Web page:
I could have left today with a relatively humorous and inoffensive blog post, but why stop there? There’s one thing that’s been on my mind since yesterday. I don’t have it in me for a full political rant, but I have to mention it. Because I’m Mrs Fringe, that’s why. There was a “campaign” on Twitter yesterday: #WeNeedDiverseBooksbecause Part of me thought this was cool, and I suspect we’ll keep seeing that hashtag for a long time. More of me thought WTF? How is it that we need such a campaign, over 50 years after the Freedom Riders rode through the country, President Barak Obama on his second term as president of the United States…and yet we still have to tell the publishing industry we need diverse books that reflect the diverse people buying and reading those books.
The thing is, while tweets are catchy, they don’t really tell a whole story. Kind of like the various colored ribbons representing awareness for different diseases–ribbons are cute, no one feels threatened by them, they might even match your t-shirt–but they’re a far cry from the messy, painful, and complex reality they represent.
I saw some clever tweets with that hashtag. Saw some not as clever tweets, but well intentioned, the right idea. Still felt sad that it was necessary. I know it is, though. I live in a diverse building, in a diverse city. We are a diverse family. But a few years ago, when Nerd Child was applying for high schools, I read an online comment from a parent who lived somewhere else, bemoaning the fact that the private boarding schools are committed to having diverse classes, stating that this isn’t representative of the “real world.” Umm, maybe not this parent’s real world, but mine and many, if not most (once you branch beyond US borders) others.
Yes, both my boys went (one is still going) to private boarding schools, schools that put thought into the diversity of each year’s class, in addition to test scores, recommendations, skills/talents and after school activities. Both on scholarship. (And don’t kid yourselves, there many more bright and accomplished disadvantaged kids, of color and not, who are qualified that the admissions committees think they’d like to spend 4 years with, and then have representing their schools as alumni. There’s no golden path) But you know what’s beautiful? When I see my boys’ friends, and see how these things do make a difference and carry through. Both have friends from different cultures, different races, different countries. Not just school friends, but friends kept beyond the boundaries of a school day or year.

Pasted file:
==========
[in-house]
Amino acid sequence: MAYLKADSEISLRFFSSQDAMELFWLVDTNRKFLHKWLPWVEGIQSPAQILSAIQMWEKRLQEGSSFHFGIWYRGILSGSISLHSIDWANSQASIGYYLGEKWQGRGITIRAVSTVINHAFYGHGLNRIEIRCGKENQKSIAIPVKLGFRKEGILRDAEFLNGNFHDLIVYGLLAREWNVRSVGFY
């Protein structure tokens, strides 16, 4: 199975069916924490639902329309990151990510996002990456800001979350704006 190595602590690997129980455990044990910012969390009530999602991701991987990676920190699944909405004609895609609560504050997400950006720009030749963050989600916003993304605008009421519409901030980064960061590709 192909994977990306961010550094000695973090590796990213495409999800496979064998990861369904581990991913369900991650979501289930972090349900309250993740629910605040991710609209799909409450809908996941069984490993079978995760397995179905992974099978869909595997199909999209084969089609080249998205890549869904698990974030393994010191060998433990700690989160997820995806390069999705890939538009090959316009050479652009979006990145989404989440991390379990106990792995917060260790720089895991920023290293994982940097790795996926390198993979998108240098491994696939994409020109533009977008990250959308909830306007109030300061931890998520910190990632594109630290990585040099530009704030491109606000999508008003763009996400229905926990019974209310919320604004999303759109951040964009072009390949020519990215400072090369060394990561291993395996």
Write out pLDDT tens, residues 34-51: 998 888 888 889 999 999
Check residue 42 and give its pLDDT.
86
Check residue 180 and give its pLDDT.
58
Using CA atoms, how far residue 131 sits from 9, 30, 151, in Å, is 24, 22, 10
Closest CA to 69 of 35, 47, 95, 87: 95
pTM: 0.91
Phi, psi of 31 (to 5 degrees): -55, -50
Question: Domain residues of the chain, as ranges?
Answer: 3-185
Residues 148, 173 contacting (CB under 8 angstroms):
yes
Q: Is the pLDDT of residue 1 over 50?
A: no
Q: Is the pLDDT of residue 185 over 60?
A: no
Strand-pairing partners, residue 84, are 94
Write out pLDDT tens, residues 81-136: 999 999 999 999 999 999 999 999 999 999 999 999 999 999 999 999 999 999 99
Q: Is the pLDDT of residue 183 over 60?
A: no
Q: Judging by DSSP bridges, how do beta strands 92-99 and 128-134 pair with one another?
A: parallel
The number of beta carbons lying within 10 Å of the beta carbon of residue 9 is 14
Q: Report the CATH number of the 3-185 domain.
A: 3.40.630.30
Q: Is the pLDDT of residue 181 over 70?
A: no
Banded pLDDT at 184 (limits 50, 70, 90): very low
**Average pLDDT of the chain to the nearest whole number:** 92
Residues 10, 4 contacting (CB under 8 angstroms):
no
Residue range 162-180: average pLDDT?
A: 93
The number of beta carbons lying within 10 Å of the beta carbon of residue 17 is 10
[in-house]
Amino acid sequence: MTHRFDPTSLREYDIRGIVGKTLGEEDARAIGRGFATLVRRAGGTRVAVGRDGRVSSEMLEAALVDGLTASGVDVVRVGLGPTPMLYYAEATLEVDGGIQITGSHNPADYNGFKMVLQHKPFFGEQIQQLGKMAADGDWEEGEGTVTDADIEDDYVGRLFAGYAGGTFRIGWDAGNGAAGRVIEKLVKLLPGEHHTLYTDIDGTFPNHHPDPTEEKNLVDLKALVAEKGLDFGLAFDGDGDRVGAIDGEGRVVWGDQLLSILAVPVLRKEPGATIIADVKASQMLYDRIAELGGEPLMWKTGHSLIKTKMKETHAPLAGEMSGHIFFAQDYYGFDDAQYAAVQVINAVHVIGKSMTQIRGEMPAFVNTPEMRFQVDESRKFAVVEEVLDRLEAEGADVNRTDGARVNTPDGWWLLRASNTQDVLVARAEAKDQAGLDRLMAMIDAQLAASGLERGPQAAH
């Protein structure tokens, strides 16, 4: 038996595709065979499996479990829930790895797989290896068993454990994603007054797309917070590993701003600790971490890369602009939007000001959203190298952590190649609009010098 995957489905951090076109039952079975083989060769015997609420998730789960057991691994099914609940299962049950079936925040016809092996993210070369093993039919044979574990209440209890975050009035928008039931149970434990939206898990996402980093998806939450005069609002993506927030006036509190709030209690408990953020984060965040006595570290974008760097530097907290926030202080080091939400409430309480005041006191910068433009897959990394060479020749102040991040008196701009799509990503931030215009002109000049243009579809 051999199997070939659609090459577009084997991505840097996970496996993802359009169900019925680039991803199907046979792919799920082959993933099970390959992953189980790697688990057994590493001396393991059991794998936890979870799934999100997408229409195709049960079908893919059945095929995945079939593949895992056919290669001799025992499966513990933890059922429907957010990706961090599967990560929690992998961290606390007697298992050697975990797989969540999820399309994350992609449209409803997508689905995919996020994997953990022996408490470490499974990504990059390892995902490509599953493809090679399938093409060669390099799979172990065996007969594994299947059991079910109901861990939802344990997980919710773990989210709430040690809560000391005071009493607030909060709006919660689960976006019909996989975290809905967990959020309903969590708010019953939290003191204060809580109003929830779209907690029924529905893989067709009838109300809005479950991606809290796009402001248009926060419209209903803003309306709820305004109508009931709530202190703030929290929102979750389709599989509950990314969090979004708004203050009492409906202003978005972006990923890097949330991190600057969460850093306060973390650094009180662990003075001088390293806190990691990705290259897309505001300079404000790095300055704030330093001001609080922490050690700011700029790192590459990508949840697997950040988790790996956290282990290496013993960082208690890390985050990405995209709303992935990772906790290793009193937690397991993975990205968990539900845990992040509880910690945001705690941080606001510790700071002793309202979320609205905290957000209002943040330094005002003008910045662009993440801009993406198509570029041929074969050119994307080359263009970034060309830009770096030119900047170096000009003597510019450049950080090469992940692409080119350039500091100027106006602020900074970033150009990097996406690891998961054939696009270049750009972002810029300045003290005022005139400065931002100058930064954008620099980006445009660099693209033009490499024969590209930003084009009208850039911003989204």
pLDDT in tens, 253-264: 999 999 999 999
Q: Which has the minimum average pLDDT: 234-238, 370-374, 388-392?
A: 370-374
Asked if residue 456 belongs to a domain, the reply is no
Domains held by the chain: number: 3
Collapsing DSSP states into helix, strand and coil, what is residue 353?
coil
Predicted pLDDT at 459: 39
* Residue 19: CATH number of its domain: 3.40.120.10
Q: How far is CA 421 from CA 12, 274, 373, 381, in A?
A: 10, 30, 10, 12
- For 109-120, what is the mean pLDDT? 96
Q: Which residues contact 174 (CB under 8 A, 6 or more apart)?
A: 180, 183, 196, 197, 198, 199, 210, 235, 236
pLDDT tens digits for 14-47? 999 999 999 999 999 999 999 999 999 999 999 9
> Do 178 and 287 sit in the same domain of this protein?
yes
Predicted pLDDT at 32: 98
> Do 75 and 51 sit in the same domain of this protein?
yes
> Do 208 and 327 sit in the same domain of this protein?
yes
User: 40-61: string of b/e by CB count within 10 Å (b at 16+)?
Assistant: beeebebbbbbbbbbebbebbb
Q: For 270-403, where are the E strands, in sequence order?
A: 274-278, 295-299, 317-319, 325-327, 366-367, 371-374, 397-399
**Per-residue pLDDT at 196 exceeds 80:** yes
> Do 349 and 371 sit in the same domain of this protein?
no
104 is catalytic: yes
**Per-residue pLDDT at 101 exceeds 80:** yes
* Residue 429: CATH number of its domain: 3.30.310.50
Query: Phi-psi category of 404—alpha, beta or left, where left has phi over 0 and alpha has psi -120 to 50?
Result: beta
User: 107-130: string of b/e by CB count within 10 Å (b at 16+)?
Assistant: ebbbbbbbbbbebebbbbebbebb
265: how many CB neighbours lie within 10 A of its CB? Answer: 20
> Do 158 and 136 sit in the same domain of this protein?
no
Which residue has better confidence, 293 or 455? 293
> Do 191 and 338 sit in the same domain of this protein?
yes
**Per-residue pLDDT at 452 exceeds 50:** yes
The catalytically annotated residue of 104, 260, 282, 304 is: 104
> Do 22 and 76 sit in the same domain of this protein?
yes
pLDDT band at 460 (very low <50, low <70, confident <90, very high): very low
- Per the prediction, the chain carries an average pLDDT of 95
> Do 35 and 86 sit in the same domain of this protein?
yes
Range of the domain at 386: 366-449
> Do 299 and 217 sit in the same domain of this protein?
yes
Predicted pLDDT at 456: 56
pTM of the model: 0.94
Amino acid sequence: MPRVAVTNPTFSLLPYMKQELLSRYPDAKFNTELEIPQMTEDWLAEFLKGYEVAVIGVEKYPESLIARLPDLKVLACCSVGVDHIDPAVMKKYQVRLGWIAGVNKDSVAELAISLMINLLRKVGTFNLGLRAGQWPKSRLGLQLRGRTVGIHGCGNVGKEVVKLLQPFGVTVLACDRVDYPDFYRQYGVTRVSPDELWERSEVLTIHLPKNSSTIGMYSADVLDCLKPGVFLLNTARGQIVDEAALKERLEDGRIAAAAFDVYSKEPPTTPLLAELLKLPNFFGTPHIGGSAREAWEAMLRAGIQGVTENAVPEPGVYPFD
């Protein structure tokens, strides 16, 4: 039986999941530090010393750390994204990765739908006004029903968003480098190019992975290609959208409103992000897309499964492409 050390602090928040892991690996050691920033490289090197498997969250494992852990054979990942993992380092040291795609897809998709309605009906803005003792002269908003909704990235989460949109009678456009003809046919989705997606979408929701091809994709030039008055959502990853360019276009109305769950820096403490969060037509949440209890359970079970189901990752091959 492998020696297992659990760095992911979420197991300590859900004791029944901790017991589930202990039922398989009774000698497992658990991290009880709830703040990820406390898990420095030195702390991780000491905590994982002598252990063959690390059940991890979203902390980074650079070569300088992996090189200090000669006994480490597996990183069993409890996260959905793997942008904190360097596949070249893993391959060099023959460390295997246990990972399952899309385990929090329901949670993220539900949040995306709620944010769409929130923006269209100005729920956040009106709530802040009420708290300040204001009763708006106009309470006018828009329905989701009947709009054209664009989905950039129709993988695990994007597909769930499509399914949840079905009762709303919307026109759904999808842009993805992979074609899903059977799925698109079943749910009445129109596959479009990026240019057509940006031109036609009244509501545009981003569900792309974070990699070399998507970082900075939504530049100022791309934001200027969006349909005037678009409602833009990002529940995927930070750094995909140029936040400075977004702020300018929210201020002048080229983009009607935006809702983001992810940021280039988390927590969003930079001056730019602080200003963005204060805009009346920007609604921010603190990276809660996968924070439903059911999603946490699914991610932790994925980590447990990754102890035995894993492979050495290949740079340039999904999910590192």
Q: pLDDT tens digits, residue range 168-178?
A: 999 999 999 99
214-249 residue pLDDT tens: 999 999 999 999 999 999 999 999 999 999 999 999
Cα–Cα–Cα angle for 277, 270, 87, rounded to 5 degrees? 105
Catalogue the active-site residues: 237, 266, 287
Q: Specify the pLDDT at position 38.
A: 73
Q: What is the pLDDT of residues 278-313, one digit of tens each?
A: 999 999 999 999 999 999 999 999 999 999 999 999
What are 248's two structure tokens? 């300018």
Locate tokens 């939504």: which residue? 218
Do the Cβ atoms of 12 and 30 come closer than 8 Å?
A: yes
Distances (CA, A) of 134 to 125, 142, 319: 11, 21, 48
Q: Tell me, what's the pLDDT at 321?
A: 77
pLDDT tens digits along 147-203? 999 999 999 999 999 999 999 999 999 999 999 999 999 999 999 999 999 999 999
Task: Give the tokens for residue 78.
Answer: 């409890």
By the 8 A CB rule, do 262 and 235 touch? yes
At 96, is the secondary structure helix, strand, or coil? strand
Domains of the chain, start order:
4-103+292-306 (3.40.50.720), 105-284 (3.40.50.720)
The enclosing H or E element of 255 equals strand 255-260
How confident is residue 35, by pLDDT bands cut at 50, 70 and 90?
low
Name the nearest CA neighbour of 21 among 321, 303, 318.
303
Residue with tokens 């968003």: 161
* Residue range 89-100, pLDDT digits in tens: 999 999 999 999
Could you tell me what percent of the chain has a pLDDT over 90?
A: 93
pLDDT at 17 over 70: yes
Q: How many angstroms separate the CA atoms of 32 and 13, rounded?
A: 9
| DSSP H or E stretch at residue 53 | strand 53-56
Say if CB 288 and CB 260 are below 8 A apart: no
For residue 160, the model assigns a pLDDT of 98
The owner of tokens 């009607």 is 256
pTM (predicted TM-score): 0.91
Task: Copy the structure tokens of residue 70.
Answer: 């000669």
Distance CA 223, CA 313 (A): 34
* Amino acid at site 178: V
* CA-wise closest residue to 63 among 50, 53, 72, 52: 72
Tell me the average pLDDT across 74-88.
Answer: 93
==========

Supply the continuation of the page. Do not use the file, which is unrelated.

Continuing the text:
Still, this trending twitter campaign feels a bit preaching-to-the-choir, no? I have to think the publishing industry includes some of the most culturally conscious people in our society. I mean, books! Reading! Classics! Freedom of Speech and down with censorship! Maybe the marketing/purchasing end of the publishing industry will pay attention to the twitter feed, maybe not. Maybe they’ll take it to mean they should add a title or two to the “multicultural” lists. You know, that small, separate section of the bookstore, stuffed between romance and erotica.
Years ago, when I was looking at kindergartens for Man Child, I went on a tour with two friends, both looking for spots for their own children. We left the school, and one parent said, “I liked it, very diverse.” The other said, “You thought so? I didn’t think it was diverse at all.” Why the different perception? Because to one parent, diverse = many children of color. To the other, diverse = many white children. My way of illustrating that it’s all perception. So point of view in the books we read should represent these different perceptions, if we are going to do more than pay lip service to diversity.
I saw a tweet from a publishing professional that reminded me why we still need this type of campaign. Nothing terrible, definitely not racist, sexist, or homophobic. But it was the equivalent of #weneeddiversebooksbecause some kids want to wear boots instead of sneakers. Umm, huh? Individuality is absolutely important, I’m a huge supporter who rants often about kids being raised and expected to be sheep instead of critical thinkers. But this particular campaign is about diversity. About having characters that all readers can recognize and identify with, not just a default of middle class white girls battling dragons and making the world safe for democracy in Young Adult books, and the stifled white man in suburbia, or cute and earnest young white women figuring out how to get the guy, get that promotion and a good deal on those pumps they just had to have. Diversity of race, culture, religion, gender, socioeconomic class, politics, and sexuality.
I agree, we do need books that recognize and reflect the diversity of our world, our communities. Real diversity, not just the token black/latino/male/lgbtq and not just “issue” books where that difference is the focus of the book, and not taking books that do reflect diversity and sticking them in the corner, on their own shelf, where only those specifically looking for those books will find them.